The tabular roll type laminated electrode body, after thoroughly dried, was evacuated to 50 Torr and immersed in an electrolytic solution prepared by dissolving lithium hexafluorophosphate in a 1:1 (by mole) mixed solvent of ethylene carbonate and dimethyl carbonate in a concentration of 1.0 mol/dm3. The impregnated electrode body was heat-sealed into an aluminum laminate film pack to complete a lithium ion secondary battery having a tabular laminated battery body.

FIG. 3 shows a graph of discharge characteristics of the lithium ion secondary battery thus obtained in Example 1 in comparison with those of a comparative battery which was prepared by rolling up the same electrodes and separators as used in Example 1 but without using the adhesive, fastening the rolled electrode body with a tape band, impregnating the electrode body in the same electrolytic solution as used above, and sealing the electrode body into an aluminum laminate film pack. It is seen from the graph that the battery of Example 1 retains a sufficient capacity for discharging at a greater current because of its smaller internal resistivity.

The characteristic plot of FIG. 4 shows the internal resistivity of the battery with the amount of the adhesive resin in the adhesive resin solution being varied; 5 parts, 7 parts and 10 parts by weight per NMP. It is seen that the resistivity increases abruptly with an increase from 5 parts to 7 parts by weight. Seeing that the thickness of the adhesive resin layer 11 is proportional to the amount of the adhesive resin in the adhesive resin solution, it is considered that retention and distribution of the electrolytic solution in the adhesive resin layer 11 change abruptly in that range, resulting in a steep rise of resistivity. The resistivity at 5 parts by weight was almost equal to the resistivity as measured on a battery in which no adhesive resin layer 11 was provided but a sufficient planar pressure was applied to electrodes 3 and 5 and separators 4.

EXAMPLE 2

A battery having the tabular roll type laminated electrode body shown in FIG. 1 was prepared in the same manner as in Example 1, except for changing the adhesive resin solution used in Example 1.

Preparation of Adhesive Resin Solution:

A viscous adhesive resin solution was prepared by mixing N-methylpyrrolidone with polytetrafluoroethylene, a vinylidene fluoride-acrylonitrile copolymer, a mixture of polyvinylidene fluoride and polyacrylonitrile, a mixture of polyvinylidene fluoride and polyethylene oxide, a mixture of polyvinylidene fluoride and polyethylene terephthalate, a mixture of polyvinylidene fluoride and polymethyl methacrylate, a mixture of polyvinylidene fluoride and polystyrene, a mixture of polyvinylidene fluoride and polypropylene, or a mixture of polyvinylidene fluoride and polyethylene at the same mixing ratio.

A battery having a tabular roll type laminated electrode body was prepared by using each of the adhesive resin solutions in the same manner as in Example 1. Compared with the comparative battery, the resulting battery exhibited excellent discharging current vs. capacity characteristics as shown in FIG. 3.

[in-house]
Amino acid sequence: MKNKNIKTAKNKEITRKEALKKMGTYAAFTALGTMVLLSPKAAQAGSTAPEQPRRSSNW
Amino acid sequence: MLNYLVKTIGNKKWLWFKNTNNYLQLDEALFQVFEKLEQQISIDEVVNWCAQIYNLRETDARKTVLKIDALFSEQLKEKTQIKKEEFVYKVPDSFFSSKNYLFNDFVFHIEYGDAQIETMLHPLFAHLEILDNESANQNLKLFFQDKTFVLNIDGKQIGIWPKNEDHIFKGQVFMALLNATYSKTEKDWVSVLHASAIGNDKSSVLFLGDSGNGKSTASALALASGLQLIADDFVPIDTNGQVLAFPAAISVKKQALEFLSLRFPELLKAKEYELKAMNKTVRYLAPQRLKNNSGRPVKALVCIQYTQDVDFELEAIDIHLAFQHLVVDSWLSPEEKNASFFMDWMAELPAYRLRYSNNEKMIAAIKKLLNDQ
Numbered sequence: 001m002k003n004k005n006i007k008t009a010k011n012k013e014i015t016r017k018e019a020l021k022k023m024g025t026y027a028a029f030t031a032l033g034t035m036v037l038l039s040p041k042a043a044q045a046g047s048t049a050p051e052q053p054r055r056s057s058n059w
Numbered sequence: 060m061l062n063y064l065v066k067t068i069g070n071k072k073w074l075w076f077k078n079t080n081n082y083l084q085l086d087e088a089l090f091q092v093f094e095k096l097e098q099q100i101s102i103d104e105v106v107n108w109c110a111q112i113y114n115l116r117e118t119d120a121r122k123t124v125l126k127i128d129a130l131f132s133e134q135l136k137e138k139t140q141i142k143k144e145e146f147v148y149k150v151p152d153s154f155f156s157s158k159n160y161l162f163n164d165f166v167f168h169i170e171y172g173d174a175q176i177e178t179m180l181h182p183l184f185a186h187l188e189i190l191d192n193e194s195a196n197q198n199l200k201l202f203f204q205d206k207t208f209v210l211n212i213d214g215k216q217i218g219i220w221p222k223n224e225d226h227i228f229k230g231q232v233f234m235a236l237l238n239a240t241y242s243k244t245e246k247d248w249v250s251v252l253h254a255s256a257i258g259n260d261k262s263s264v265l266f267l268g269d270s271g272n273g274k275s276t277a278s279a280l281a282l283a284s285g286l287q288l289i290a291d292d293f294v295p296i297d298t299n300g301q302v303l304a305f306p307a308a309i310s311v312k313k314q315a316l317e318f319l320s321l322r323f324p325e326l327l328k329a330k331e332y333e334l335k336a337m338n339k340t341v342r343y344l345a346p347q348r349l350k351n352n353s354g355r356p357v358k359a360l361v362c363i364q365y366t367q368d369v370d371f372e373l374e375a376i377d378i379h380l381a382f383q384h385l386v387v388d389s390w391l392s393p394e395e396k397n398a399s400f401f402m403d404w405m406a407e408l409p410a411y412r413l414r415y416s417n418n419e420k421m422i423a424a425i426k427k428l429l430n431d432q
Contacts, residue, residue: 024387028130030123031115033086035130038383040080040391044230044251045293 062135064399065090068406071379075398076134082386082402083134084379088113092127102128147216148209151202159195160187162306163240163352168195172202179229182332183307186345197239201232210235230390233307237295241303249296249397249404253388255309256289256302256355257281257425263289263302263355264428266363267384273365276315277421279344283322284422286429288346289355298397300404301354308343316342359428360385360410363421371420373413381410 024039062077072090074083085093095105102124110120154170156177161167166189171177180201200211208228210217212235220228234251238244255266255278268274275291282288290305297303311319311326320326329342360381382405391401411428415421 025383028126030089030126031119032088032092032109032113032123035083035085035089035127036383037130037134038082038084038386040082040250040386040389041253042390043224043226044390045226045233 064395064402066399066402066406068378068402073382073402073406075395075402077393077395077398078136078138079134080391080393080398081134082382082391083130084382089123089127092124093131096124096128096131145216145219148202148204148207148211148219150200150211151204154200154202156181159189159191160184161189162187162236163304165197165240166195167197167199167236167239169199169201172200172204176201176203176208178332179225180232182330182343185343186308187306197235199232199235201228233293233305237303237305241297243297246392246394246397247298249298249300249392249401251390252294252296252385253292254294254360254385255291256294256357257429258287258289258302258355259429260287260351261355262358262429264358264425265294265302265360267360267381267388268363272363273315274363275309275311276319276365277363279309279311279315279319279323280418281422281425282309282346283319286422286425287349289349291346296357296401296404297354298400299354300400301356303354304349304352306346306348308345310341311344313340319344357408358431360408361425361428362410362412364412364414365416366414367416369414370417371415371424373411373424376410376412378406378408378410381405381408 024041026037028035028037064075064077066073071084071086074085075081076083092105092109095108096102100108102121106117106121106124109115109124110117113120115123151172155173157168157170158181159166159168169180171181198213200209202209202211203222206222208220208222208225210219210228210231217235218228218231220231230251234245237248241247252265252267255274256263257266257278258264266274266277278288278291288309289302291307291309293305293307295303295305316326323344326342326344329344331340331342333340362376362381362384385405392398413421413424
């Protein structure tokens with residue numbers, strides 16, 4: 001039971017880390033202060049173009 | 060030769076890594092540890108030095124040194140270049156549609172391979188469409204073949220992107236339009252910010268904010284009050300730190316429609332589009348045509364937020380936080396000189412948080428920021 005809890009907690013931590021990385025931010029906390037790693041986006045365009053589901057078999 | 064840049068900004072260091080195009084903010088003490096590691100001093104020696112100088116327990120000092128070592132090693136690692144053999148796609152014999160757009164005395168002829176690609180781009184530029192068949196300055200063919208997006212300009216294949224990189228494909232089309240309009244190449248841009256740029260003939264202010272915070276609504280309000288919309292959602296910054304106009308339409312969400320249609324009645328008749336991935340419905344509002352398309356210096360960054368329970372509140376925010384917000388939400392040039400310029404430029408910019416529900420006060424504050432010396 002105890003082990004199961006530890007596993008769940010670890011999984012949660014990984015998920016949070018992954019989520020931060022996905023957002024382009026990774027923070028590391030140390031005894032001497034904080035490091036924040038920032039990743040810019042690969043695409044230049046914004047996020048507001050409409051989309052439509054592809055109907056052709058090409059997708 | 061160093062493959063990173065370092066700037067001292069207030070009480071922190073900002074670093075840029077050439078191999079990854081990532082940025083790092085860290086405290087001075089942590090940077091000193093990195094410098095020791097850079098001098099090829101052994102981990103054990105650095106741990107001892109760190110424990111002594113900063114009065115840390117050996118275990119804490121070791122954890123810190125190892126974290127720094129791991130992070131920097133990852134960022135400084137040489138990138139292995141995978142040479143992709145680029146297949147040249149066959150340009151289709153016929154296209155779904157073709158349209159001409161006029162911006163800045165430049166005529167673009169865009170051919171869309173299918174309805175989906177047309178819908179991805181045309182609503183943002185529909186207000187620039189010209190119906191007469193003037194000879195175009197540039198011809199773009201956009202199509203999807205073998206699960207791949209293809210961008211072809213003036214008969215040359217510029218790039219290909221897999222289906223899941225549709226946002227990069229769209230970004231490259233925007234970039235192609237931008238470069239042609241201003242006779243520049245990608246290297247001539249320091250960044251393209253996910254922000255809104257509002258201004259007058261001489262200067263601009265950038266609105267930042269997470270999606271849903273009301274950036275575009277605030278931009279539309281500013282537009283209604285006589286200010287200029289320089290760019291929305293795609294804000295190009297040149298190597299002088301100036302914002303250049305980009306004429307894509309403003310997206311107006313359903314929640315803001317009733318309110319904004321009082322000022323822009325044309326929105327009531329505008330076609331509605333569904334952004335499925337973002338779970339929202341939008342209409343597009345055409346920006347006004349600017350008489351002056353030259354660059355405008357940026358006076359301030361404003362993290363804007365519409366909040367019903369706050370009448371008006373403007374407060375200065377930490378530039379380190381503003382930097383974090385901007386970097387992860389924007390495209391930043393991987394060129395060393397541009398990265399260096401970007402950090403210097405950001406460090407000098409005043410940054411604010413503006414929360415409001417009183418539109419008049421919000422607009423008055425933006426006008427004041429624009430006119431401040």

EXAMPLE 3

A battery having the tabular roll type laminated electrode body shown in FIG. 1 was prepared in the same manner as in Example 1, except for changing the adhesive resin solution shown in Example 1.

Preparation of Adhesive Resin Solution:

A viscous adhesive resin solution was prepared from polyvinyl alcohol, a mixture of polyvinyl alcohol and polyvinylidene fluoride, a mixture of polyvinyl alcohol and polyacrylonitrile, or a mixture of polyvinyl alcohol and polyethylene oxide by mixing with or dissolving in NMP.

A battery having a tabular roll type laminated battery body was prepared by using each of these adhesive resin solutions in the same manner as in Example 1. Compared with the comparative battery, the resulting battery exhibited excellent discharging current vs. capacity characteristics as shown in FIG. 3.

While in the foregoing examples the adhesive resin solution was applied by a bar coating method, it may be applied with a spray gun.

While the foregoing examples have shown embodiments in which electrodes having an active material layer adhered to a current collector are used as a positive electrode 3 and a negative electrode 5, electrodes in which an active material layer itself functions as a current collector are also useful.

The present invention provides batteries which can have reduced size and weight and an arbitrary shape as well as improved performance and can be used in portable electronic equipment, such as portable personal computers and cellular phones.

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US6376125 *Mar 16, 2001Apr 23, 2002Mitsubishi Denki Kabushiki KaishaLithium ion secondary battery and process for producing the same
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Classifications
U.S. Classification429/164, 429/137, 429/145, 429/249, 429/94, 429/250
International ClassificationH01M10/0566, H01M10/058, H01M10/0587, H01M10/05, H01M10/0525, H01M4/62, H01M10/04, H01M2/14, H01M2/16
Cooperative ClassificationH01M10/052, H01M4/62, H01M2/14, H01M2/16, H01M10/0431, H01M2/1673, H01M10/0525, H01M2/168
European ClassificationH01M2/16, H01M10/04D, H01M2/14, H01M4/62, H01M2/16E
Legal Events
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Sep 28, 2012FPAYFee payment
Year of fee payment: 12
Oct 17, 2008FPAYFee payment
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Mar 22, 2001ASAssignment
Owner name: MITSUBISHI DENKI KABUSHIKI KAISHA, JAPAN
Free format text: ASSIGNMENT OF ASSIGNORS INTEREST;ASSIGNORS:SHIOTA, HISASHI;AIHARA, SHIGERU;TAKEMURA, DAIGO;AND OTHERS;REEL/FRAME:011617/0180
Effective date: 19990707
Owner name: MITSUBISHI DENKI KABUSHIKI KAISHA 2-3, MARUNOUCHI
Owner name: MITSUBISHI DENKI KABUSHIKI KAISHA 2-3, MARUNOUCHI
Free format text: ASSIGNMENT OF ASSIGNORS INTEREST;ASSIGNORS:SHIOTA, HISASHI /AR;REEL/FRAME:011617/0180